Handbook of Social Choice and Voting

Handbook of Social Choice and Voting

Edited by Jac C. Heckelman and Nicholas R. Miller

This Handbook provides an overview of interdisciplinary research related to social choice and voting that is intended for a broad audience. Expert contributors from various fields present critical summaries of the existing literature, including intuitive explanations of technical terminology and well-known theorems, suggesting new directions for research.

Chapter 8: The measurement of a priori voting power

Dan S. Felsenthal and Moshé Machover

Subjects: economics and finance, political economy, public choice theory, politics and public policy, political economy, public choice


In this chapter we explain the concept of a priori voting power and how it is measured. The situation we address is that in which a decision-making body – such as a committee or legislature – makes its decisions by vote, subject to a given decision rule. We shall refer to the decision-making body as the assembly, and to each of its members as a voter. We shall usually denote the assembly by N and the number of voters by n. By a coalition we mean any set of voters: part of the assembly or its entirety. We confine ourselves to the simplest kind of decision rule: each voter must vote either for or against a proposed bill (that is, no abstentions); and the outcome must be either approval or rejection of the bill (that is, no ties). The decision rule specifies which divisions of the assembly into ‘yes’ and ‘no’ voters result in approval of the proposed bill, and which in its rejection. By the a priori voting power of a given voter under a given decision rule we mean, roughly speaking, the extent of potential ability to affect the outcomes of divisions that this voter possesses by virtue of the decision rule alone. This italicized qualification is of crucial importance: it distinguishes a priori from actual or a posteriori voting power. We shall return to this in section 8.5.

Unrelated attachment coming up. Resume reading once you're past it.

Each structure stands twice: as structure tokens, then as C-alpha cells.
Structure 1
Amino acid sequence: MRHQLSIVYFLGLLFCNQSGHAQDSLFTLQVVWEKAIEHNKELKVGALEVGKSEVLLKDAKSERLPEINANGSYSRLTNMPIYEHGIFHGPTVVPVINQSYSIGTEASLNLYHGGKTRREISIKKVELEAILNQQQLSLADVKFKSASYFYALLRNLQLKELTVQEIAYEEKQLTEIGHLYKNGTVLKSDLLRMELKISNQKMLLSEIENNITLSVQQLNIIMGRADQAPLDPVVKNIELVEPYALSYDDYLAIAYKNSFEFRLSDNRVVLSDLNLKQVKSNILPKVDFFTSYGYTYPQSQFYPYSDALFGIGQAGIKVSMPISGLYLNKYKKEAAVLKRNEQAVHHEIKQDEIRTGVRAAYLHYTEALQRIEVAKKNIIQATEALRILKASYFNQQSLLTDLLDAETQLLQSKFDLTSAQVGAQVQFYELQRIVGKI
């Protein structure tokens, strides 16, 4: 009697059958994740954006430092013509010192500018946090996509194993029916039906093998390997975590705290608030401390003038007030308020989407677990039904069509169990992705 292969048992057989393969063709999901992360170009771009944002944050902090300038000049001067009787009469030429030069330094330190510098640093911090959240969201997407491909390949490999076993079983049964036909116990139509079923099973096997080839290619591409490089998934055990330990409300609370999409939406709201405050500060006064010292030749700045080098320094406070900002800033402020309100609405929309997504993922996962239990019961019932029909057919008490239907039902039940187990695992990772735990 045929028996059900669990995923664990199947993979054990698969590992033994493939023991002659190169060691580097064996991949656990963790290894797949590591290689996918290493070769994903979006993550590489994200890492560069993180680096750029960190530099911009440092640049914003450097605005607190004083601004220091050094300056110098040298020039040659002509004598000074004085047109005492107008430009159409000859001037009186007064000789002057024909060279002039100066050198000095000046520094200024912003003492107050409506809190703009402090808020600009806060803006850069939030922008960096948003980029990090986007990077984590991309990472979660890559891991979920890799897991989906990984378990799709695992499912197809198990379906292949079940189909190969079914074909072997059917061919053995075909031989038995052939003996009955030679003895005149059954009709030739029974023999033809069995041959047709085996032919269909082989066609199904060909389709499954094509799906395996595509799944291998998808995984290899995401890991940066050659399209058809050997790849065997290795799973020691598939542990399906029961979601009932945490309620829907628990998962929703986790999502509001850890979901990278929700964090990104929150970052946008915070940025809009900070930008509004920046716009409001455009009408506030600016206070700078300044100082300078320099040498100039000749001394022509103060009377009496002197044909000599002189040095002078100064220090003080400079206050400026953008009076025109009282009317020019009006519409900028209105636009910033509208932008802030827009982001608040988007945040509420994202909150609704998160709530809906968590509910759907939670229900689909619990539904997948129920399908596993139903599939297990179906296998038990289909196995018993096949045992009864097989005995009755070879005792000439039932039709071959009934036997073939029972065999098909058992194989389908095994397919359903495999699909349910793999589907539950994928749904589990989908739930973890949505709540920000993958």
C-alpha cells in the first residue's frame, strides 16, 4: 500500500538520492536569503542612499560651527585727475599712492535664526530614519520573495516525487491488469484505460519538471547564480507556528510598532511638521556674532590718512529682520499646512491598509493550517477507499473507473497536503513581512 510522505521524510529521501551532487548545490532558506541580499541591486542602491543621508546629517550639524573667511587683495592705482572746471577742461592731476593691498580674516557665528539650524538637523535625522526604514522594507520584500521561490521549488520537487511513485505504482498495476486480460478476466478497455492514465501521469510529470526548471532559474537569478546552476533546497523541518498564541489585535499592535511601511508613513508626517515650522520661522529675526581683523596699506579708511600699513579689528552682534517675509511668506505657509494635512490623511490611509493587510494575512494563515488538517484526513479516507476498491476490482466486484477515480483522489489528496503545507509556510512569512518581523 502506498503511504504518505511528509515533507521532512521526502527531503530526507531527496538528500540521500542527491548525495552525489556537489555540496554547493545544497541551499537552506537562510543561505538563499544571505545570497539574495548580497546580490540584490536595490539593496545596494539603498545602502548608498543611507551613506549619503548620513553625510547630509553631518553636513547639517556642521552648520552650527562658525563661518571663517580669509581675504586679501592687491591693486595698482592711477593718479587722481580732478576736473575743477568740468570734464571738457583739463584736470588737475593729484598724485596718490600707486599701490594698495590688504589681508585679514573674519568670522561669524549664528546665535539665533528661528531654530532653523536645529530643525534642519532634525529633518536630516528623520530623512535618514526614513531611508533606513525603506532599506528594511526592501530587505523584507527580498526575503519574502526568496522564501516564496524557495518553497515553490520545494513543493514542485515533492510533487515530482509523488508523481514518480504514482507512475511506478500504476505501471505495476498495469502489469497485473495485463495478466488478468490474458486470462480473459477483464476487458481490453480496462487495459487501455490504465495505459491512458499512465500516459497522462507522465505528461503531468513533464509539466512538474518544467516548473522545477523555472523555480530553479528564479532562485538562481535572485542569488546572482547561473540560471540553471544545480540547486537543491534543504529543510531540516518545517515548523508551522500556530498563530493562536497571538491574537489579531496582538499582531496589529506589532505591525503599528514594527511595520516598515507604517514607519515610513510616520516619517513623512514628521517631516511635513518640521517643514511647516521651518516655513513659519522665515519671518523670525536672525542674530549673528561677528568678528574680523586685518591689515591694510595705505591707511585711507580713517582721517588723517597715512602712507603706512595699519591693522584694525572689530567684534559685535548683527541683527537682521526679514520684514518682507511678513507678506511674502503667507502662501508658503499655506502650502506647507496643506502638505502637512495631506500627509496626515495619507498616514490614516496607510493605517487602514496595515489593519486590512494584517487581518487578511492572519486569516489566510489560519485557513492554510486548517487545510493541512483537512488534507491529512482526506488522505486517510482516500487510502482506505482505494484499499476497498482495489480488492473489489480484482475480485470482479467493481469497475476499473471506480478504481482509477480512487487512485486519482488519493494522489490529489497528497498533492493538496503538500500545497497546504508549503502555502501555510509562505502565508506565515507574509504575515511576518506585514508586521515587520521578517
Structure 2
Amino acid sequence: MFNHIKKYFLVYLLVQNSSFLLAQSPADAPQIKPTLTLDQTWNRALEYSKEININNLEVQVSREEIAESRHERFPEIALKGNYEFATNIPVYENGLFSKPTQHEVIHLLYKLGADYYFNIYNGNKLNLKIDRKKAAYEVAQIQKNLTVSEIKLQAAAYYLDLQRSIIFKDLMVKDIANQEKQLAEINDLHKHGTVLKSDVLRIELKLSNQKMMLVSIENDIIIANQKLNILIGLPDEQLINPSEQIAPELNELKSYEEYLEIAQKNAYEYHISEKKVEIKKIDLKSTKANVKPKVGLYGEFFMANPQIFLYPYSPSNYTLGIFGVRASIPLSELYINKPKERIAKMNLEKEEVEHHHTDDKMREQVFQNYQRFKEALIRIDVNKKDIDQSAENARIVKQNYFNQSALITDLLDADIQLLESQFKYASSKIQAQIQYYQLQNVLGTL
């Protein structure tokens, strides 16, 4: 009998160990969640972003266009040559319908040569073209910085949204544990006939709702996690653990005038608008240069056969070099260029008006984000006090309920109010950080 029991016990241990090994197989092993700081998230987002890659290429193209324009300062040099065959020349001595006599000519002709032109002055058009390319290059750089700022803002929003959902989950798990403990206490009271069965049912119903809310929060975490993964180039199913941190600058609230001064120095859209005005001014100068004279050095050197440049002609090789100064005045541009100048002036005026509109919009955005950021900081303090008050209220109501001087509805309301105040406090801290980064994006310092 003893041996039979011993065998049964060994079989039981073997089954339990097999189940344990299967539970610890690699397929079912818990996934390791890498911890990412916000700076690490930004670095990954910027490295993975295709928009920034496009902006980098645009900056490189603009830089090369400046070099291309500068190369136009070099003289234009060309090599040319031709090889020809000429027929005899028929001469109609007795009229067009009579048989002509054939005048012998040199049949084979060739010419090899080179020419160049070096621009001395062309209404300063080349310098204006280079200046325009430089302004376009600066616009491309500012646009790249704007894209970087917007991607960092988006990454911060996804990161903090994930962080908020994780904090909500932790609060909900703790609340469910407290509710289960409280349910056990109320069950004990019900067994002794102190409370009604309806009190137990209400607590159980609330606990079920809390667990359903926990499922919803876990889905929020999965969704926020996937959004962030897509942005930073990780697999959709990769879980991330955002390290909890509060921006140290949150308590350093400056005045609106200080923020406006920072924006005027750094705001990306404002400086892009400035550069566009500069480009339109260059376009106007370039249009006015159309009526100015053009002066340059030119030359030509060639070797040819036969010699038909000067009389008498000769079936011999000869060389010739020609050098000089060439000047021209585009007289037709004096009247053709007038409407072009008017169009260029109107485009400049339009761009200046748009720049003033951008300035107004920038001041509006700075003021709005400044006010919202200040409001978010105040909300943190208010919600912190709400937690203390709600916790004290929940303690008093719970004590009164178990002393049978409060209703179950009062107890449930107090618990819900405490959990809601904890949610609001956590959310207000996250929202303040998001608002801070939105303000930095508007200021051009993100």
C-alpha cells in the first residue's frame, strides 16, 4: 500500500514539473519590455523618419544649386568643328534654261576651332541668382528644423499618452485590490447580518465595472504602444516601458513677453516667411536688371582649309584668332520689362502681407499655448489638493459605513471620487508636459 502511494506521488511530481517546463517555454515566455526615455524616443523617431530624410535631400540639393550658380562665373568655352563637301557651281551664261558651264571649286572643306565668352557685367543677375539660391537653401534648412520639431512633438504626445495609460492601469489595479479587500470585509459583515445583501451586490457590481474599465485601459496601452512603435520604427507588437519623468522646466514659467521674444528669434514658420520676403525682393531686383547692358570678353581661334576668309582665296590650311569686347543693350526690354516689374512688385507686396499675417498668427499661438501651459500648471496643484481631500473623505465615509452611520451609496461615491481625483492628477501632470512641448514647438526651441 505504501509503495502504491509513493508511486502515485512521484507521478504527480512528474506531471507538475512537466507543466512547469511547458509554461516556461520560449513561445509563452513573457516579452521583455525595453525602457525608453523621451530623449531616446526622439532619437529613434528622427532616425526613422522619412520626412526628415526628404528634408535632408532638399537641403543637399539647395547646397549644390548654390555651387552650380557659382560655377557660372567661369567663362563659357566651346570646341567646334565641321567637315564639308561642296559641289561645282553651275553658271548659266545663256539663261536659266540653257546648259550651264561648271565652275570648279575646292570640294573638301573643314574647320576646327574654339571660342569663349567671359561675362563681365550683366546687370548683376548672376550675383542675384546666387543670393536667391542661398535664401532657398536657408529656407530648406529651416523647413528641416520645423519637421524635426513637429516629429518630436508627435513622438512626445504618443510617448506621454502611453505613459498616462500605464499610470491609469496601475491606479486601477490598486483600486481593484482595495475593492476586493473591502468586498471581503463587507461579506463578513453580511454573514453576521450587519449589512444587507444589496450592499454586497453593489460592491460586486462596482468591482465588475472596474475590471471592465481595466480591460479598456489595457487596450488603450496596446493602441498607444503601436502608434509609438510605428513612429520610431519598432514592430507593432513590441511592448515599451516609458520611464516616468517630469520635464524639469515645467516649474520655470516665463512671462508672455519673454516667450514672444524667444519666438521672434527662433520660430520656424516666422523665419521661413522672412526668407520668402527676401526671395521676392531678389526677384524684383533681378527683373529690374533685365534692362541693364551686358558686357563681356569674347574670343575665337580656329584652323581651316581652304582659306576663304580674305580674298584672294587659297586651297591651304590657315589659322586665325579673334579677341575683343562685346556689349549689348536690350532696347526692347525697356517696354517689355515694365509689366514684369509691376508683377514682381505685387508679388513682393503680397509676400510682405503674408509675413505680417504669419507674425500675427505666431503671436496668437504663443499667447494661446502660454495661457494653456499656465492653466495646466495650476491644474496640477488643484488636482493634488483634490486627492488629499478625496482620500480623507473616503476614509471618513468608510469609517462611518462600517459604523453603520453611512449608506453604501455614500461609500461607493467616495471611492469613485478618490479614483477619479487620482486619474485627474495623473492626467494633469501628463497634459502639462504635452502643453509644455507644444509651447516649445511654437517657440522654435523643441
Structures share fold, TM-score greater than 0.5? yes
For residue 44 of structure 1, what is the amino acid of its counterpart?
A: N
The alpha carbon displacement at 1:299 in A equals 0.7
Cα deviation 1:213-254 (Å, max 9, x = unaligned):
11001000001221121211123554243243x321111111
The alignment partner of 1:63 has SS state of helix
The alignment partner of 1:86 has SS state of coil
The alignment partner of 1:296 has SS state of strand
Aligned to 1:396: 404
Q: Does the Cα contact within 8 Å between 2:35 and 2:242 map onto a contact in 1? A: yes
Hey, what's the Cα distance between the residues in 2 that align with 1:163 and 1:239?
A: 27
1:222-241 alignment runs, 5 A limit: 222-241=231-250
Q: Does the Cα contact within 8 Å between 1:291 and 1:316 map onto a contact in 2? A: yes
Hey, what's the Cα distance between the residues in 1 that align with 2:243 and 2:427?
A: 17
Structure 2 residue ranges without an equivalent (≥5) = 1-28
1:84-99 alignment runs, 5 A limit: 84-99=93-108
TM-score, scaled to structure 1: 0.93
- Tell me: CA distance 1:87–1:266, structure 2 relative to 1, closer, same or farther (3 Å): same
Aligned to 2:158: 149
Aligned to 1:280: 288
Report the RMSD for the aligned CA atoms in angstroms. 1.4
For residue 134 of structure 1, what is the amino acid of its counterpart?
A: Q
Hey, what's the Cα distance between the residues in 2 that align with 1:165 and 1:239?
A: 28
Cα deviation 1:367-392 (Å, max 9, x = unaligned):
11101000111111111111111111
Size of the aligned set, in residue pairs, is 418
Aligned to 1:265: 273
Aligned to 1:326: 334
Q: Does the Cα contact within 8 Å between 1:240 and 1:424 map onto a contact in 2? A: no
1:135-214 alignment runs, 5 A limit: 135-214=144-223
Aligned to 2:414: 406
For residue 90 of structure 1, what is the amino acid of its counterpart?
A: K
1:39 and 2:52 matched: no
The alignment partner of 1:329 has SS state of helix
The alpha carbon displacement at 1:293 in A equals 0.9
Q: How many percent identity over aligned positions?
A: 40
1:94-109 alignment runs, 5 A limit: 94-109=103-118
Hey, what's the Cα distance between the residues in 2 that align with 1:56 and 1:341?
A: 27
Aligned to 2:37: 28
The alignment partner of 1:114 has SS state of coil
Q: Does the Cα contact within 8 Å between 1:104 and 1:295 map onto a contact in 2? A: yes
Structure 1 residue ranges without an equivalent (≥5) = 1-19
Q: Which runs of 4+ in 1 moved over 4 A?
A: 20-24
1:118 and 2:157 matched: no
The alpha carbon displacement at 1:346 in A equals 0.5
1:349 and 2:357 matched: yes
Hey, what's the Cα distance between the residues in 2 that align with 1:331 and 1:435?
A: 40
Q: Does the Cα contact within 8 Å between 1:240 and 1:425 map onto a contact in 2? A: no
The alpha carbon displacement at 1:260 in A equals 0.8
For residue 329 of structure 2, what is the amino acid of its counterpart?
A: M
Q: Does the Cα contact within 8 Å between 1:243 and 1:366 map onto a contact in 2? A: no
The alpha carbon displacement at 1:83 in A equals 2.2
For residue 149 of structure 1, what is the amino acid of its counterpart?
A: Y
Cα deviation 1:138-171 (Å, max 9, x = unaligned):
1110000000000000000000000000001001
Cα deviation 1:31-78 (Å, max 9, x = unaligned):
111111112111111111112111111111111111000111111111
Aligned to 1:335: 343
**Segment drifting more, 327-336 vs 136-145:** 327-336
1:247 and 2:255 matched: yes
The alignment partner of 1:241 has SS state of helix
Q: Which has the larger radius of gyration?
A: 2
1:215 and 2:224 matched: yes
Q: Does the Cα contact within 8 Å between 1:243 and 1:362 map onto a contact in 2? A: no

You are not authenticated to view the full text of this chapter or article.

Elgaronline requires a subscription or purchase to access the full text of books or journals. Please login through your library system or with your personal username and password on the homepage.

Non-subscribers can freely search the site, view abstracts/ extracts and download selected front matter and introductory chapters for personal use.

Your library may not have purchased all subject areas. If you are authenticated and think you should have access to this title, please contact your librarian.

Further information